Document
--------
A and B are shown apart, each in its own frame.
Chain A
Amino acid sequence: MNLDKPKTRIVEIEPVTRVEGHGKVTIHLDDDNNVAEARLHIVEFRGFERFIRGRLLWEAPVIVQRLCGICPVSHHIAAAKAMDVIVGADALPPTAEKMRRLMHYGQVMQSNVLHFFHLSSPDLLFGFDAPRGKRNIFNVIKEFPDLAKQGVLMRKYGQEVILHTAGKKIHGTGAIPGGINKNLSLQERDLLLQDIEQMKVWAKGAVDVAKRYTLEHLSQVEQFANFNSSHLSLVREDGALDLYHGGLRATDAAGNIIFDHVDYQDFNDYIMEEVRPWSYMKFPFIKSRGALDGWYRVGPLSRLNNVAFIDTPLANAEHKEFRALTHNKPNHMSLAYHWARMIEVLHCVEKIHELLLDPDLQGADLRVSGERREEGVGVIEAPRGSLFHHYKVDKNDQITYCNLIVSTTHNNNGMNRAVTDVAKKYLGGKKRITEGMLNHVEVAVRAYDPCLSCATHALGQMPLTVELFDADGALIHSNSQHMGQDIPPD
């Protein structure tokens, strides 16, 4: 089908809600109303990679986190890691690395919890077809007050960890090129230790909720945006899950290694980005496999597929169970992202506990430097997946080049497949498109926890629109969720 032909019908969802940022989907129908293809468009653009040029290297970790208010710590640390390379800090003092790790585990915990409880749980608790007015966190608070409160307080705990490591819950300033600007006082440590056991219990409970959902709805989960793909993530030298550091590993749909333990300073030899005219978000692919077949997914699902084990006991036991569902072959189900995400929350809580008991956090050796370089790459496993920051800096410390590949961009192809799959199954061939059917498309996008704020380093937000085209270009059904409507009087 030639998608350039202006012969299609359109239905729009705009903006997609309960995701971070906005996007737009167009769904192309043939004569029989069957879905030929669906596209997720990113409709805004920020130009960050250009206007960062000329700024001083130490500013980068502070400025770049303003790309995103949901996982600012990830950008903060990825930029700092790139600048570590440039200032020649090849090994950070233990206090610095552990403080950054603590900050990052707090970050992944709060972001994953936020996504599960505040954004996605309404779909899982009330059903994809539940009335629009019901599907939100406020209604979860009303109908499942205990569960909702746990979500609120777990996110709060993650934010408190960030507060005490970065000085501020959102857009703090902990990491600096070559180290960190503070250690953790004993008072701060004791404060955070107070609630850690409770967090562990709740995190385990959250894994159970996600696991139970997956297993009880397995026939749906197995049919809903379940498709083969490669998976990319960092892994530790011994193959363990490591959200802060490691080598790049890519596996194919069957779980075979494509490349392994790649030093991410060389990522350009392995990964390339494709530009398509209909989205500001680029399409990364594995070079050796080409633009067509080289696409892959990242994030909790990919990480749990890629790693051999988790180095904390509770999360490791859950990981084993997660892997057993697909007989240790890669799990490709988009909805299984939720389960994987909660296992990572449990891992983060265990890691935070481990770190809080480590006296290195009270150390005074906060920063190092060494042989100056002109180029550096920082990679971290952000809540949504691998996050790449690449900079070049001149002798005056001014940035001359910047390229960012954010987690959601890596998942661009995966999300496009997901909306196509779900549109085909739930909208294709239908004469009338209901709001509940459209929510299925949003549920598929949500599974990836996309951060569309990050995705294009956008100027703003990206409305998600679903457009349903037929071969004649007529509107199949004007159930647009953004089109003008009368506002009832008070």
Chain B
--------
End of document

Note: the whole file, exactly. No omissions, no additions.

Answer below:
A and B are shown apart, each in its own frame.
Chain A
Amino acid sequence: MNLDKPKTRIVEIEPVTRVEGHGKVTIHLDDDNNVAEARLHIVEFRGFERFIRGRLLWEAPVIVQRLCGICPVSHHIAAAKAMDVIVGADALPPTAEKMRRLMHYGQVMQSNVLHFFHLSSPDLLFGFDAPRGKRNIFNVIKEFPDLAKQGVLMRKYGQEVILHTAGKKIHGTGAIPGGINKNLSLQERDLLLQDIEQMKVWAKGAVDVAKRYTLEHLSQVEQFANFNSSHLSLVREDGALDLYHGGLRATDAAGNIIFDHVDYQDFNDYIMEEVRPWSYMKFPFIKSRGALDGWYRVGPLSRLNNVAFIDTPLANAEHKEFRALTHNKPNHMSLAYHWARMIEVLHCVEKIHELLLDPDLQGADLRVSGERREEGVGVIEAPRGSLFHHYKVDKNDQITYCNLIVSTTHNNNGMNRAVTDVAKKYLGGKKRITEGMLNHVEVAVRAYDPCLSCATHALGQMPLTVELFDADGALIHSNSQHMGQDIPPD
């Protein structure tokens, strides 16, 4: 089908809600109303990679986190890691690395919890077809007050960890090129230790909720945006899950290694980005496999597929169970992202506990430097997946080049497949498109926890629109969720 032909019908969802940022989907129908293809468009653009040029290297970790208010710590640390390379800090003092790790585990915990409880749980608790007015966190608070409160307080705990490591819950300033600007006082440590056991219990409970959902709805989960793909993530030298550091590993749909333990300073030899005219978000692919077949997914699902084990006991036991569902072959189900995400929350809580008991956090050796370089790459496993920051800096410390590949961009192809799959199954061939059917498309996008704020380093937000085209270009059904409507009087 030639998608350039202006012969299609359109239905729009705009903006997609309960995701971070906005996007737009167009769904192309043939004569029989069957879905030929669906596209997720990113409709805004920020130009960050250009206007960062000329700024001083130490500013980068502070400025770049303003790309995103949901996982600012990830950008903060990825930029700092790139600048570590440039200032020649090849090994950070233990206090610095552990403080950054603590900050990052707090970050992944709060972001994953936020996504599960505040954004996605309404779909899982009330059903994809539940009335629009019901599907939100406020209604979860009303109908499942205990569960909702746990979500609120777990996110709060993650934010408190960030507060005490970065000085501020959102857009703090902990990491600096070559180290960190503070250690953790004993008072701060004791404060955070107070609630850690409770967090562990709740995190385990959250894994159970996600696991139970997956297993009880397995026939749906197995049919809903379940498709083969490669998976990319960092892994530790011994193959363990490591959200802060490691080598790049890519596996194919069957779980075979494509490349392994790649030093991410060389990522350009392995990964390339494709530009398509209909989205500001680029399409990364594995070079050796080409633009067509080289696409892959990242994030909790990919990480749990890629790693051999988790180095904390509770999360490791859950990981084993997660892997057993697909007989240790890669799990490709988009909805299984939720389960994987909660296992990572449990891992983060265990890691935070481990770190809080480590006296290195009270150390005074906060920063190092060494042989100056002109180029550096920082990679971290952000809540949504691998996050790449690449900079070049001149002798005056001014940035001359910047390229960012954010987690959601890596998942661009995966999300496009997901909306196509779900549109085909739930909208294709239908004469009338209901709001509940459209929510299925949003549920598929949500599974990836996309951060569309990050995705294009956008100027703003990206409305998600679903457009349903037929071969004649007529509107199949004007159930647009953004089109003008009368506002009832008070």
Chain B